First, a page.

Last Friday, Springfield area residents got some good news. According to a press release from the Executive Office of Energy and Environmental Affairs,
Secretary Bowles announced that he has directed MassDEP to suspend review of permit applications for facilities proposing to use construction and demolition materials (C&D) as fuel for energy generation, including the proposed Palmer Renewable Energy facility, until a comprehensive assessment of the environmental impacts of using such materials is completed.. This assessment will include a review of potential for emissions of greenhouse gases and other air pollutants related to C&D, an analysis of level of contaminants commonly found in C&D feedstocks, and a review of the most effective means for minimizing, sampling and monitoring of toxics and other contaminants of concern in these feedstocks. Further, the Secretary has directed MassDEP, in coordination with the state Department of Public Health (DPH), to conduct a review of the potential public health impacts associated with the combustion C&D.What this all means and how we can make sure the study hits all the right bases is the subject for another post. But biomass opponents in Russell and Greenfield got no such breather. The following is a press release sent out yesterday:
MASSACHUSETTS WOOD BURNING BIOMASS PLANTS ARE STILL BEING PERMITTED
Concerned Citizens of Russell, Concerned Citizens of Franklin County, the Stop Spewing Carbon Campaign and Massachusetts Forest Watch and the will hold a press conference on Thursday, December 17, 2009 at 5:30 pm in the Rear Parking Lot of the Holiday Inn at 245 Whiting Farms Road, Holyoke, MA (Off of I-91, just north of Mass Pike and near the Ingleside Mall) .
This press conference is in response to the “Massachusetts Biomass Sustainability and Carbon Policy” study commissioned by the Department of Energy Resources. Consultants for the state-sponsored study will hold a meeting inside the hotel from 6:30 – 8:30 P.M.
Conference sponsors are alerting the public to misleading media reports that give the impression that wood burning biomass power plants are ‘on hold’ in Massachusetts. While the Springfield Biomass power plant’s permits to burn construction and demolition debris are on hold pending a health study, the Russell Biomass and Greenfield Biomass plants are proceeding full steam ahead, with Russell Biomass intending to begin construction in 2010. Both Russell and Greenfield would burn millions of trees annually and could eventually be converted to burning trash and/or construction and demolition debris as has happened elsewhere.
The Department of Energy Resources (DOER) has placed a one year moratorium on statements of qualification for Renewable Energy Credits (RECs) while the Manomet study is completed.
“This suspension is meaningless,” said Jana Chicoine, spokesperson of the Concerned Citizens of Russell, “The developers don't need those credits until after construction is completed, and that would be years from now. Russell Biomass is full steam ahead with many things in play. They are still getting key support from the state,” she said, citing a recent decision of the Department of Public Utilities favoring Russell Biomass.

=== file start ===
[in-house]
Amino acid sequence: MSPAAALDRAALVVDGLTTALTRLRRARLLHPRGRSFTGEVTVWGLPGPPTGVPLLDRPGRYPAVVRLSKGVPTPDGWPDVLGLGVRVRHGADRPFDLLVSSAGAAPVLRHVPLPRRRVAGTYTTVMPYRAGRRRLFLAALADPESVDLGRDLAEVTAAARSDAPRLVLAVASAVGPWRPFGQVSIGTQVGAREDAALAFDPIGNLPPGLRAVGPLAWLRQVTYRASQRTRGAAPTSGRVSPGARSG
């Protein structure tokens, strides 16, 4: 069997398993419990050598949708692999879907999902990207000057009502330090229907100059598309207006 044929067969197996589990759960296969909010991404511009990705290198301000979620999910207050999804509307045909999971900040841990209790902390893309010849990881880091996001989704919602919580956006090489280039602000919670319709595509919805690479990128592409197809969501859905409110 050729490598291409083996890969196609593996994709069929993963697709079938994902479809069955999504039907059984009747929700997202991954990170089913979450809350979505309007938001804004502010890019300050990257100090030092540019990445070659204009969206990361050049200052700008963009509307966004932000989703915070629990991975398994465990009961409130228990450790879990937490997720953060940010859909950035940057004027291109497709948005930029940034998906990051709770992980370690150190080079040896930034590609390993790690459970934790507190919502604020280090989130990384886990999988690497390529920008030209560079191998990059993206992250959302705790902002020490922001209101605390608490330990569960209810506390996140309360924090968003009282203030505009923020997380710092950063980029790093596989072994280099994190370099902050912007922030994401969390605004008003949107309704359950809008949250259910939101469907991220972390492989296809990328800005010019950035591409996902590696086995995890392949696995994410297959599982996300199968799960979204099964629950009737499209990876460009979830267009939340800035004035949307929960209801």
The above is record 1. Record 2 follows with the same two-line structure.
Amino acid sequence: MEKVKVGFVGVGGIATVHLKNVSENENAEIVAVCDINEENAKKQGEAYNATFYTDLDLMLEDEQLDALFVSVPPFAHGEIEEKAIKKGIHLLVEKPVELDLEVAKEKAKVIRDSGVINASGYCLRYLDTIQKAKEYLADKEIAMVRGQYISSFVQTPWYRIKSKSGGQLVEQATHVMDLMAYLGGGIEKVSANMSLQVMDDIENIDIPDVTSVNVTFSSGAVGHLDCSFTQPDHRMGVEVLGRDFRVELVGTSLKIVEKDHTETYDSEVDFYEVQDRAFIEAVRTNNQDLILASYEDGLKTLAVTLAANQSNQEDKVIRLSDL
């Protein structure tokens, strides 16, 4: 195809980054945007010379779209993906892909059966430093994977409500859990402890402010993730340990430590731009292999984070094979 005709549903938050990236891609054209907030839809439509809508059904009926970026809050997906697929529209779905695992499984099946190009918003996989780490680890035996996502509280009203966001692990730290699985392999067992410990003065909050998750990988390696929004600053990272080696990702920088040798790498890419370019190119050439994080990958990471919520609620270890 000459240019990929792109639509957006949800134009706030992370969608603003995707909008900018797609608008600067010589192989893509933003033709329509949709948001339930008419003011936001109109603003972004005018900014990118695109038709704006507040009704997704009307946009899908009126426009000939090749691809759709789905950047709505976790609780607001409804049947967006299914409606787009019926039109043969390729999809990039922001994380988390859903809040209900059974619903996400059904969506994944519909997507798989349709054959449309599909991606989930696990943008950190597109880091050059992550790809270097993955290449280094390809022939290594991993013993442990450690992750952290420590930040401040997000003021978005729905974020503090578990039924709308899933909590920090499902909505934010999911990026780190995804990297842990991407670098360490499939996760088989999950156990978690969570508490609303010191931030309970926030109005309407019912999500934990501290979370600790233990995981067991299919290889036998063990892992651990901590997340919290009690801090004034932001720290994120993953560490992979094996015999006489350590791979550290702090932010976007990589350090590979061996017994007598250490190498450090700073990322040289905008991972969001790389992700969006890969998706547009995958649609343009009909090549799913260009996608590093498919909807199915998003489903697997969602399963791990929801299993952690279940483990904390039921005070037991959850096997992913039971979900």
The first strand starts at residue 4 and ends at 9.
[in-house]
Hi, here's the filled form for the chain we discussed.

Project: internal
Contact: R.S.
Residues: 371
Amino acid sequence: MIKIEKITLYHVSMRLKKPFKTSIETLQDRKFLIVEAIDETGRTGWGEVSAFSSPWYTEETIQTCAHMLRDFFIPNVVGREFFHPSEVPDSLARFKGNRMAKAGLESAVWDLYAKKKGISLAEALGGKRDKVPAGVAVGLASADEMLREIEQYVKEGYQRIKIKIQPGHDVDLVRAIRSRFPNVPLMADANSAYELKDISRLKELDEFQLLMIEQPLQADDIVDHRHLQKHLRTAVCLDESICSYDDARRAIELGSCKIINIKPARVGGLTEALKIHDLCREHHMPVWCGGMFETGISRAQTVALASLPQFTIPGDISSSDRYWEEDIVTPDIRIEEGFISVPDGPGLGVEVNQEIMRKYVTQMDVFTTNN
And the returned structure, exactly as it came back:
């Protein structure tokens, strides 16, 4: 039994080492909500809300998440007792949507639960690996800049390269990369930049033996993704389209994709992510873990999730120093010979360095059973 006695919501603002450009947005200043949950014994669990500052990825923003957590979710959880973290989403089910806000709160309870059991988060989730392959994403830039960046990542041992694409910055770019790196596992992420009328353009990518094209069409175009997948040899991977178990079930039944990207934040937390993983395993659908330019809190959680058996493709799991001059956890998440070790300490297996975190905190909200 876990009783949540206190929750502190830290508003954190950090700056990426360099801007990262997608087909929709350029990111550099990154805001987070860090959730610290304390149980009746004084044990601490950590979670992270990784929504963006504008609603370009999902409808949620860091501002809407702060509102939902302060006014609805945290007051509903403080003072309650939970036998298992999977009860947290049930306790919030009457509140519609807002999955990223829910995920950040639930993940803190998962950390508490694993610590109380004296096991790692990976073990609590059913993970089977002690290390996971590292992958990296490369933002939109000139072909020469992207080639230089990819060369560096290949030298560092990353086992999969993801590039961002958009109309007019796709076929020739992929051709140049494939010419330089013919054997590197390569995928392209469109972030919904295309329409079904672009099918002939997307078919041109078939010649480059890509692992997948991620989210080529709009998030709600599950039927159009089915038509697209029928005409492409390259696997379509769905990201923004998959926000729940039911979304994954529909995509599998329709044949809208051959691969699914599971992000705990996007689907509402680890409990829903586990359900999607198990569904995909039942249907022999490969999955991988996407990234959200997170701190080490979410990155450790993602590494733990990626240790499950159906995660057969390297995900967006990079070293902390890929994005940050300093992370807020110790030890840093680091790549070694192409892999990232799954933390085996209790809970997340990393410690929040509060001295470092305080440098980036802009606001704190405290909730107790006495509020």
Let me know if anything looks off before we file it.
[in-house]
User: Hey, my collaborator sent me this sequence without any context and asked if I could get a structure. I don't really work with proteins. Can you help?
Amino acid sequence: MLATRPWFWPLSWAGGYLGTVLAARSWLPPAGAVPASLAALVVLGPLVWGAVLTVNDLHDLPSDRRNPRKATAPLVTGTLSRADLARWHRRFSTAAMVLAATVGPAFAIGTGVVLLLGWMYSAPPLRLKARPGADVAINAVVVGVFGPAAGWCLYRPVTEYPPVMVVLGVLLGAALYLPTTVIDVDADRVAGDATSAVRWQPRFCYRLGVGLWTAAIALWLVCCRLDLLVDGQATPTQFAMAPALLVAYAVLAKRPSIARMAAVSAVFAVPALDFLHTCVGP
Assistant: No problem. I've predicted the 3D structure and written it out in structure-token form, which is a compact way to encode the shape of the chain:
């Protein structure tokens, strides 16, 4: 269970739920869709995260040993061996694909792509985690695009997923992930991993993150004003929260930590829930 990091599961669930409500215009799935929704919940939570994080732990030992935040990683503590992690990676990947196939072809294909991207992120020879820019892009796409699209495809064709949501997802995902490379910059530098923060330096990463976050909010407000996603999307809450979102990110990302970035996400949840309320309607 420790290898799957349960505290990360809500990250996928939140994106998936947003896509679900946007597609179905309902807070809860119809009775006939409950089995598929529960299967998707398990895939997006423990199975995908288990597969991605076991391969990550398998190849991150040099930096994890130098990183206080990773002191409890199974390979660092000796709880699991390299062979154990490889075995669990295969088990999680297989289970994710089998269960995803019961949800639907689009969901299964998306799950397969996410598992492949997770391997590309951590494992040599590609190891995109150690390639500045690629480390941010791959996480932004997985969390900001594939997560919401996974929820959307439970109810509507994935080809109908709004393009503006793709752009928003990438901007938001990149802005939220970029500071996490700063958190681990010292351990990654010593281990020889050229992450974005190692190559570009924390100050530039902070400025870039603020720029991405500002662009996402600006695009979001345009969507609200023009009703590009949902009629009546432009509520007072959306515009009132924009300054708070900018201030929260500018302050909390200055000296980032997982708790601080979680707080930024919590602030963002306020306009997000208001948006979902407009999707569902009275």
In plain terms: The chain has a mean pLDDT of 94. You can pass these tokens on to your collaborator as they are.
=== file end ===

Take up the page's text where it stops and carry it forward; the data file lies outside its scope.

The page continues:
According to critics, the study has been framed as “how much” to burn rather than examining the wisdom of increased cutting and burning forests. They say there is no need to waste taxpayer money studying the “sustainability” of biomass power production when it is already known to be worse than coal for carbon dioxide emissions that cause global warming and just as dirty as coal for air pollutants that cause cancer and asthma.
Chris Matera from Massachusetts Forest Watch commented, “We already know that increasing logging and burning will negatively affect the forest, air quality, and atmospheric carbon dioxide levels, so we do not need to spend $100,000 taxpayer dollars for a study designed to convince citizens that water runs up hill. Instead of studying how many millions of dollars we should spend burning how many millions of trees in dirty wood burning biomass plants, we should use the money to create truly clean energy jobs such as installing solar panels and insulating homes.”
Meg Sheehan Chair of the Stop Spewing Carbon Campaign agrees. “Over 103,000 voters signed our petition to stop biomass burning and they want to get rid of these plants now. They don’t want more studies. Using voter’s money to study incinerators that burn trees is just a political move to lull the public into thinking the state is doing something. The incriminating facts already show that this is dirty energy. The Patrick administration is still pushing full steam ahead by continuing to permit the Russell and Greenfield plants even though voters have sent a strong message they don’t want the plants.”
Critics also say the wood “sustainability” study will not be unbiased because the three main consultants to the Manomet study, The Pinchot Institute ( www.pinchot.org/bioenergy) , the Forest Guild ( www.forestguild.org/biomass.
html) and the Biomass Energy Resource Center ( www.biomasscenter.org/ services/technical-services/ biomass-resource-supply- services.html ) are all proponents of wood burning biomass energy plants.
Additionally, the Manomet Center for Conservation Sciences has ties to the timber industry as the advisory board of the Center’s Forest Conservation Program is chaired by Roger Milliken Jr., CEO of a large commercial timber company and former chairman of the Maine Forest Products Council, lobbyist for the Maine timber industry.
“This is a common sense issue,” said Matera of Massachusetts Forest Watch. “At a time of polluted skies, a carbon overloaded atmosphere and stressed forests, it is pure folly to force taxpayers to subsidize more cutting and burning of forests.”
Photo from Yuyiyuyi's photostream at Flickr.